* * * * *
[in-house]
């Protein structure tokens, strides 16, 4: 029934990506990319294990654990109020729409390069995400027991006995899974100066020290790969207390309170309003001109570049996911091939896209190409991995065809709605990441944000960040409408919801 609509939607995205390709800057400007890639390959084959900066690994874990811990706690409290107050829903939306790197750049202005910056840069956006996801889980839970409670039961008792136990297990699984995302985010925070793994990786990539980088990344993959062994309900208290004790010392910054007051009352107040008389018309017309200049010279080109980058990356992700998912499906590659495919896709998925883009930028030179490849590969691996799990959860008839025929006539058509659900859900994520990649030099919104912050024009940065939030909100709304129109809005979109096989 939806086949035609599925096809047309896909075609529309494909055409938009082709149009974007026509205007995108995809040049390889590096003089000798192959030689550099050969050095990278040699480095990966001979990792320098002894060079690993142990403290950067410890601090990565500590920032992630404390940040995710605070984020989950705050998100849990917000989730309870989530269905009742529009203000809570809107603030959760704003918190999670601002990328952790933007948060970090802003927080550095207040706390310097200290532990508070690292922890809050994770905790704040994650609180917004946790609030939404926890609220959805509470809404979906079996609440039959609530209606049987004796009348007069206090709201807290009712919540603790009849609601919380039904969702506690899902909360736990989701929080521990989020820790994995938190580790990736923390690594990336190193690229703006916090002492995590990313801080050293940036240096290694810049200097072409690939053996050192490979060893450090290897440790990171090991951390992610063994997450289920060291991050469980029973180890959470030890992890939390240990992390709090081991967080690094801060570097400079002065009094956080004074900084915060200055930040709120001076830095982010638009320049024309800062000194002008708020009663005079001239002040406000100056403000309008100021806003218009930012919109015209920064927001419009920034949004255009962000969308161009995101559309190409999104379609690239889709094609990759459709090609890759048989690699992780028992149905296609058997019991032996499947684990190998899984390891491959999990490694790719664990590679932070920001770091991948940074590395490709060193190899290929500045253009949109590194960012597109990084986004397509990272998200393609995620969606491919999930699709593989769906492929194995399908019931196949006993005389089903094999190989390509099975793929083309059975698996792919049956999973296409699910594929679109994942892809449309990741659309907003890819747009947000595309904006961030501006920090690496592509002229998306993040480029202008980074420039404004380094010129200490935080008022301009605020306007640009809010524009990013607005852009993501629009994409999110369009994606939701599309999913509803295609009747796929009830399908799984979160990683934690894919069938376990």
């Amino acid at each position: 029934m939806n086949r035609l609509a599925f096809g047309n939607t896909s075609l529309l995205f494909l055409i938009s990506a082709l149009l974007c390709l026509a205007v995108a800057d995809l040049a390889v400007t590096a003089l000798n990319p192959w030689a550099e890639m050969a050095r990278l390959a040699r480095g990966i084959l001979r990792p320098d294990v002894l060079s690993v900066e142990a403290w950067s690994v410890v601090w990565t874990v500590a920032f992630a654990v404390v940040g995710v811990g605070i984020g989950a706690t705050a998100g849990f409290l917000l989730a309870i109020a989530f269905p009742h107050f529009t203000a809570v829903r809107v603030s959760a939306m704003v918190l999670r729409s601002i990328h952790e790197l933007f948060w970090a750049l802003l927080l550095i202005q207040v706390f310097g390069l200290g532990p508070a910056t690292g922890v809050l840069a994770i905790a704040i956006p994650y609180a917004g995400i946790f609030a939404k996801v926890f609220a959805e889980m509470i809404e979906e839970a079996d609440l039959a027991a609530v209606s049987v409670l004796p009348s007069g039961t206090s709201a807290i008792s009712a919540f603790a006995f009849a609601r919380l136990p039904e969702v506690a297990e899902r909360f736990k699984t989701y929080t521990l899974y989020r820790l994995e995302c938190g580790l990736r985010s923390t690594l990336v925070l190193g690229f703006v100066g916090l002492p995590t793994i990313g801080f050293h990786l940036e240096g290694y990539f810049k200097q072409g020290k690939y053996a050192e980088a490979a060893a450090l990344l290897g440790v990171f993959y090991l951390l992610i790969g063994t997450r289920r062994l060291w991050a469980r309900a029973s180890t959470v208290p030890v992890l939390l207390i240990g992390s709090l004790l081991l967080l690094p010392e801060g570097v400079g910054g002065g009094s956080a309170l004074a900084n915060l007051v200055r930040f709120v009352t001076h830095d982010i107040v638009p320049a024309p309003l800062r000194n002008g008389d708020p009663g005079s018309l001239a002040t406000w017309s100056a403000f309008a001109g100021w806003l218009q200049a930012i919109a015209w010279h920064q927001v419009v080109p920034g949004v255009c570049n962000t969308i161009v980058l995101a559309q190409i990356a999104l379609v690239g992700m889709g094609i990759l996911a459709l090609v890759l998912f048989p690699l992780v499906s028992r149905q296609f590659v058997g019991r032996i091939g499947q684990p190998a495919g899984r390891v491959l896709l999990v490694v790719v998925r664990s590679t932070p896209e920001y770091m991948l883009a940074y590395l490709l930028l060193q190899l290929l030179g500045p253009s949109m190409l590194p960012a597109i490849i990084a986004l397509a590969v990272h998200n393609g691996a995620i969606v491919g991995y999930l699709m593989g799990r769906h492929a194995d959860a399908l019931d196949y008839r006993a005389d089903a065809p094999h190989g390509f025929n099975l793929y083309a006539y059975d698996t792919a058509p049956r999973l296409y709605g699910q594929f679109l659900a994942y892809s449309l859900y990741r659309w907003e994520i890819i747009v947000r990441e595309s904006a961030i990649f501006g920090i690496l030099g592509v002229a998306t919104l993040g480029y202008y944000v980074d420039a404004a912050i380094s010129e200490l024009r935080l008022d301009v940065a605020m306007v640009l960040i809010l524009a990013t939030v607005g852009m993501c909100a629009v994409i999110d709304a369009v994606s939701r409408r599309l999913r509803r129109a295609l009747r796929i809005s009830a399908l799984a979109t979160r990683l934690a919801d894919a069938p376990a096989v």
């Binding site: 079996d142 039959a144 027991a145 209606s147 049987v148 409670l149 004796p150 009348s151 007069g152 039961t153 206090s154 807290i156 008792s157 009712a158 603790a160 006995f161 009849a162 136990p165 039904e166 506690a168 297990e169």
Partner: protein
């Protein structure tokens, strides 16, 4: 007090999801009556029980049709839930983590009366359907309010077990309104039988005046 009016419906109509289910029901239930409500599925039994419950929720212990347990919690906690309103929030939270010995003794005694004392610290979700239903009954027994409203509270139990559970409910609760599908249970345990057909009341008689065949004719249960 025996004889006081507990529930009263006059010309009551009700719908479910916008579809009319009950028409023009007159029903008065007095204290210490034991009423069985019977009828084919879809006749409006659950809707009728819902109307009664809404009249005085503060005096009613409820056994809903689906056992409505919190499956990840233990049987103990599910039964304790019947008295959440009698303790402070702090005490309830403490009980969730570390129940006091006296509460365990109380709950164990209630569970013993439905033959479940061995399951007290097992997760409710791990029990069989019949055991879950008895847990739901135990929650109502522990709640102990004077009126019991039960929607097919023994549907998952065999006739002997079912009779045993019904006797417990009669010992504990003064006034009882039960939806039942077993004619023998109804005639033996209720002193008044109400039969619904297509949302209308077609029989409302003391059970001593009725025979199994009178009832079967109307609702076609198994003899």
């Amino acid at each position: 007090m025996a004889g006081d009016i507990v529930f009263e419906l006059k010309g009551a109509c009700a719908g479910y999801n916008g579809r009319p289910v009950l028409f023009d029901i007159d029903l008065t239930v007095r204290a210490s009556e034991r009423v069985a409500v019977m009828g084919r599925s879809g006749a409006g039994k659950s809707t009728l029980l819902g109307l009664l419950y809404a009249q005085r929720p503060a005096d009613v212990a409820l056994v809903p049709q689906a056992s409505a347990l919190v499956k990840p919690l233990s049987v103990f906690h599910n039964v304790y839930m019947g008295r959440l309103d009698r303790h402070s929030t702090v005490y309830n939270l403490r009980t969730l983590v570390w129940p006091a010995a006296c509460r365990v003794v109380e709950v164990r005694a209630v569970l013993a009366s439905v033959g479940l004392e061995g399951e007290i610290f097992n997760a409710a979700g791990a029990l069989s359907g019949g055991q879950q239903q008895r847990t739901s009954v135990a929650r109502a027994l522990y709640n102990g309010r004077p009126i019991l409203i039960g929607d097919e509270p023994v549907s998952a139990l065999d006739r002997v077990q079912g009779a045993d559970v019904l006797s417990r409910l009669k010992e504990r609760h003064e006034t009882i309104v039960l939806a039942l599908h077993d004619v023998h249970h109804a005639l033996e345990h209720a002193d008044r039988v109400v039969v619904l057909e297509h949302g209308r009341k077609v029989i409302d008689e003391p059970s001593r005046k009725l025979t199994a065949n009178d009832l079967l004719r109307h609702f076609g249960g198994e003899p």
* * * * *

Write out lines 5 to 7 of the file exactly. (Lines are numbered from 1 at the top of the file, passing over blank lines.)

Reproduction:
Partner: protein
């Protein structure tokens, strides 16, 4: 007090999801009556029980049709839930983590009366359907309010077990309104039988005046 009016419906109509289910029901239930409500599925039994419950929720212990347990919690906690309103929030939270010995003794005694004392610290979700239903009954027994409203509270139990559970409910609760599908249970345990057909009341008689065949004719249960 025996004889006081507990529930009263006059010309009551009700719908479910916008579809009319009950028409023009007159029903008065007095204290210490034991009423069985019977009828084919879809006749409006659950809707009728819902109307009664809404009249005085503060005096009613409820056994809903689906056992409505919190499956990840233990049987103990599910039964304790019947008295959440009698303790402070702090005490309830403490009980969730570390129940006091006296509460365990109380709950164990209630569970013993439905033959479940061995399951007290097992997760409710791990029990069989019949055991879950008895847990739901135990929650109502522990709640102990004077009126019991039960929607097919023994549907998952065999006739002997079912009779045993019904006797417990009669010992504990003064006034009882039960939806039942077993004619023998109804005639033996209720002193008044109400039969619904297509949302209308077609029989409302003391059970001593009725025979199994009178009832079967109307609702076609198994003899």
């Amino acid at each position: 007090m025996a004889g006081d009016i507990v529930f009263e419906l006059k010309g009551a109509c009700a719908g479910y999801n916008g579809r009319p289910v009950l028409f023009d029901i007159d029903l008065t239930v007095r204290a210490s009556e034991r009423v069985a409500v019977m009828g084919r599925s879809g006749a409006g039994k659950s809707t009728l029980l819902g109307l009664l419950y809404a009249q005085r929720p503060a005096d009613v212990a409820l056994v809903p049709q689906a056992s409505a347990l919190v499956k990840p919690l233990s049987v103990f906690h599910n039964v304790y839930m019947g008295r959440l309103d009698r303790h402070s929030t702090v005490y309830n939270l403490r009980t969730l983590v570390w129940p006091a010995a006296c509460r365990v003794v109380e709950v164990r005694a209630v569970l013993a009366s439905v033959g479940l004392e061995g399951e007290i610290f097992n997760a409710a979700g791990a029990l069989s359907g019949g055991q879950q239903q008895r847990t739901s009954v135990a929650r109502a027994l522990y709640n102990g309010r004077p009126i019991l409203i039960g929607d097919e509270p023994v549907s998952a139990l065999d006739r002997v077990q079912g009779a045993d559970v019904l006797s417990r409910l009669k010992e504990r609760h003064e006034t009882i309104v039960l939806a039942l599908h077993d004619v023998h249970h109804a005639l033996e345990h209720a002193d008044r039988v109400v039969v619904l057909e297509h949302g209308r009341k077609v029989i409302d008689e003391p059970s001593r005046k009725l025979t199994a065949n009178d009832l079967l004719r109307h609702f076609g249960g198994e003899p």